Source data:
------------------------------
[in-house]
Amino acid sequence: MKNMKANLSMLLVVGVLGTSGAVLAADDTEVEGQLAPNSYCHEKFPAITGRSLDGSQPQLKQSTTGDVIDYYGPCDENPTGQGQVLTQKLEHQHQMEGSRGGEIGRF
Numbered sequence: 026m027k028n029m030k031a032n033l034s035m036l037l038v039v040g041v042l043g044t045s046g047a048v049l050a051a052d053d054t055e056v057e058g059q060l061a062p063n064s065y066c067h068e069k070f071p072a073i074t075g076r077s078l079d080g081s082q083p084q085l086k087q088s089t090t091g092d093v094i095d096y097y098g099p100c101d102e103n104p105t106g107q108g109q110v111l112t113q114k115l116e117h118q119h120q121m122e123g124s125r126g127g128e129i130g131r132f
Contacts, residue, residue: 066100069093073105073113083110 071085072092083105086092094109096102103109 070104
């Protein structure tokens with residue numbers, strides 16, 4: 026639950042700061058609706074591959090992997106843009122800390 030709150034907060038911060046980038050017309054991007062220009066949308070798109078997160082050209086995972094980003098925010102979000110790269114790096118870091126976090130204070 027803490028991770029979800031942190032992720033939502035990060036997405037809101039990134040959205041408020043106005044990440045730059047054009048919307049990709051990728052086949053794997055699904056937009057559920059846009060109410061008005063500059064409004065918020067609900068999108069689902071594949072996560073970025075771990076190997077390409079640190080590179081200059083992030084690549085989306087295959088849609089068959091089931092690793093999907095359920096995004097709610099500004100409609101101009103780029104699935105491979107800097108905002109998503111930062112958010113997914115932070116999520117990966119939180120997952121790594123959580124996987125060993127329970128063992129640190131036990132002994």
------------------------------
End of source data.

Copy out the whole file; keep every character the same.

[in-house]
Amino acid sequence: MKNMKANLSMLLVVGVLGTSGAVLAADDTEVEGQLAPNSYCHEKFPAITGRSLDGSQPQLKQSTTGDVIDYYGPCDENPTGQGQVLTQKLEHQHQMEGSRGGEIGRF
Numbered sequence: 026m027k028n029m030k031a032n033l034s035m036l037l038v039v040g041v042l043g044t045s046g047a048v049l050a051a052d053d054t055e056v057e058g059q060l061a062p063n064s065y066c067h068e069k070f071p072a073i074t075g076r077s078l079d080g081s082q083p084q085l086k087q088s089t090t091g092d093v094i095d096y097y098g099p100c101d102e103n104p105t106g107q108g109q110v111l112t113q114k115l116e117h118q119h120q121m122e123g124s125r126g127g128e129i130g131r132f
Contacts, residue, residue: 066100069093073105073113083110 071085072092083105086092094109096102103109 070104
């Protein structure tokens with residue numbers, strides 16, 4: 026639950042700061058609706074591959090992997106843009122800390 030709150034907060038911060046980038050017309054991007062220009066949308070798109078997160082050209086995972094980003098925010102979000110790269114790096118870091126976090130204070 027803490028991770029979800031942190032992720033939502035990060036997405037809101039990134040959205041408020043106005044990440045730059047054009048919307049990709051990728052086949053794997055699904056937009057559920059846009060109410061008005063500059064409004065918020067609900068999108069689902071594949072996560073970025075771990076190997077390409079640190080590179081200059083992030084690549085989306087295959088849609089068959091089931092690793093999907095359920096995004097709610099500004100409609101101009103780029104699935105491979107800097108905002109998503111930062112958010113997914115932070116999520117990966119939180120997952121790594123959580124996987125060993127329970128063992129640190131036990132002994």